Being laid off

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Being laid off

During my maternity leave I asked my job if I could go back to full-time after maternity leave was over at that time I had someone who would be picking up my daughter they said yes I never signed anything that I was going from part-time to full time, I was full-time when I started but had to go down to pet time during pregnancy and left my job part-time, during maternity leave my person who was supposed to pick up my daughter had no vehicle anymore so I called my job and let them know that I was able to do part-time but from 8:30-2:30 and I could work Monday through Saturday I just needed to pick up my daughter whos school is 45 minutes away and she gets out at 3:25. The HR manager said she would talk to new manager about the schedule. She called back about 2 days after and let me know that schedule was not going to work she apologized and said they were going to have to let me go due to my availability. I applied for EDD unemployment and got denied due to my old job saying I quit, I appealed and sent them the letter of my job letting me know my job was being ended due to my availability. Can I win this case? What Can I say during hearing?

Asked on November 1, 2017 under Employment Labor Law, California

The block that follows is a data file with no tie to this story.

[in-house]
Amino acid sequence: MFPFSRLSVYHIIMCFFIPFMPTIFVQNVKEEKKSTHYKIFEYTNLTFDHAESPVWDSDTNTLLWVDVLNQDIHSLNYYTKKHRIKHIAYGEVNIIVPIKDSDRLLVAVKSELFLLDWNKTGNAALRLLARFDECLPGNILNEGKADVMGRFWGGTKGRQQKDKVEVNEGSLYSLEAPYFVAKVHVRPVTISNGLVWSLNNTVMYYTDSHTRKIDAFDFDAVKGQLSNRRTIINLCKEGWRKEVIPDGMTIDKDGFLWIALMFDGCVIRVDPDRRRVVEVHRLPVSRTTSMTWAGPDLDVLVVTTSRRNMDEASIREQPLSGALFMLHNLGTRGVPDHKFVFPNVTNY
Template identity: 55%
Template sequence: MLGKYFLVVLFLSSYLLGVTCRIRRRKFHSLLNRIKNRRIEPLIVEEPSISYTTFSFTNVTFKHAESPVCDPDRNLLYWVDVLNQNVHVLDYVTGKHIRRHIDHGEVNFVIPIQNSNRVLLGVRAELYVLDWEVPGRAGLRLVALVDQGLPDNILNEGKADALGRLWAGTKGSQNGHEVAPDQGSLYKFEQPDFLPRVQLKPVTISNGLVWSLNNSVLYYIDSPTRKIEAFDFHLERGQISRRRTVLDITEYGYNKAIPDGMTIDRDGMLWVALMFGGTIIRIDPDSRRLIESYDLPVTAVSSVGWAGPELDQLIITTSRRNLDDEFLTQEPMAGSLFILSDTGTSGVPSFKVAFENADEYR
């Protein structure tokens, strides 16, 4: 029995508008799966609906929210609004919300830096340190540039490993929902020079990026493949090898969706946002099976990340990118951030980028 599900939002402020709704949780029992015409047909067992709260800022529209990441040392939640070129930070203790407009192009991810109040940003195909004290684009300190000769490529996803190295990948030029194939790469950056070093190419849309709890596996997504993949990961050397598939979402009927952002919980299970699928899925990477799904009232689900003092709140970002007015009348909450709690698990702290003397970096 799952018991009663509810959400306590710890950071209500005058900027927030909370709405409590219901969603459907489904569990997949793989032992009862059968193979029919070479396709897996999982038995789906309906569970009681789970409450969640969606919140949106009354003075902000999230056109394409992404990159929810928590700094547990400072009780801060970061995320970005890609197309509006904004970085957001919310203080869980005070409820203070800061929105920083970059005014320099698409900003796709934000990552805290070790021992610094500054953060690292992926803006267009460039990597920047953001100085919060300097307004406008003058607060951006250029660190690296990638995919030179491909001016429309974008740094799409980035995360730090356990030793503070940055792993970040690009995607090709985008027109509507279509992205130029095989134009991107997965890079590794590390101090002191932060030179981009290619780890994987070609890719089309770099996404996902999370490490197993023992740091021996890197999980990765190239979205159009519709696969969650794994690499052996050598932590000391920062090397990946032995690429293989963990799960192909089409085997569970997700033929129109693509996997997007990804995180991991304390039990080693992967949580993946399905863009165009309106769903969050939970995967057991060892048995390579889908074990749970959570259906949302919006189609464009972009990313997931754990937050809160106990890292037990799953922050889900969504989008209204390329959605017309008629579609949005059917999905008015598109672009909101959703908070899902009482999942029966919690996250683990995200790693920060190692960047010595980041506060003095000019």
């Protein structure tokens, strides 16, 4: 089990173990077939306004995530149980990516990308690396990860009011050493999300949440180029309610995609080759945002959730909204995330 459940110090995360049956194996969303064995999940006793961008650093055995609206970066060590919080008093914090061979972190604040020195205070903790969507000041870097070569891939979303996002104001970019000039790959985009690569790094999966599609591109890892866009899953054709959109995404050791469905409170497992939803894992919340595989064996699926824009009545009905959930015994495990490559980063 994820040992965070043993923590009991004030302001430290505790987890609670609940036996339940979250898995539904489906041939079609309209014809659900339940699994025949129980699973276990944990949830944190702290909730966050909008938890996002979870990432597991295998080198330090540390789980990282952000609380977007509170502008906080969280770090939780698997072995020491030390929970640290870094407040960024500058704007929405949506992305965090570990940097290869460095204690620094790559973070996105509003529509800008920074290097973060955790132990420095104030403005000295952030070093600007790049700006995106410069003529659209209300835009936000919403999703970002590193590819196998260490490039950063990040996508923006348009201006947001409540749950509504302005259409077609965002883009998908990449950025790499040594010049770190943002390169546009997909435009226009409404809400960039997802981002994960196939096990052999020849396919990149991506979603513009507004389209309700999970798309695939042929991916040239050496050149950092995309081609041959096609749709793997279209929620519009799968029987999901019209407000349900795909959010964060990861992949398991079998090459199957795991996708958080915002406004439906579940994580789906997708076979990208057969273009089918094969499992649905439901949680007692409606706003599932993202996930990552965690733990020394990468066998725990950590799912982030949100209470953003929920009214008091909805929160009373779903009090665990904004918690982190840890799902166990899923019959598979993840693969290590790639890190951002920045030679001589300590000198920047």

Answers:

M.D., Member, California and New York Bar / FreeAdvice Contributing Attorney

Answered 3 years ago | Contributor

Did your termination violate the terms of an employment contract or union agreement? Did it constitute some form of legally actionable discrimination? If not you were an "at will" worker which means that your former company could have fired you for not being available for the hours that they needed to scheduled for. In fact, you could have been discharged for any reason or no reason at all, with or without notice. 

SJZ, Member, New York Bar / FreeAdvice Contributing Attorney

Answered 3 years ago | Contributor

Unfortunately, your availability restrictions are not your employer's concern: if you cannot work the hours they tell you to (employers, not employees, have 100% control over the hours of employment), that is the equivalent of quitting or resigning--you are refusing to go to work when required, which is resigning by behavior, not words. You most likely are not entitled to unemployment benefits in this situation.


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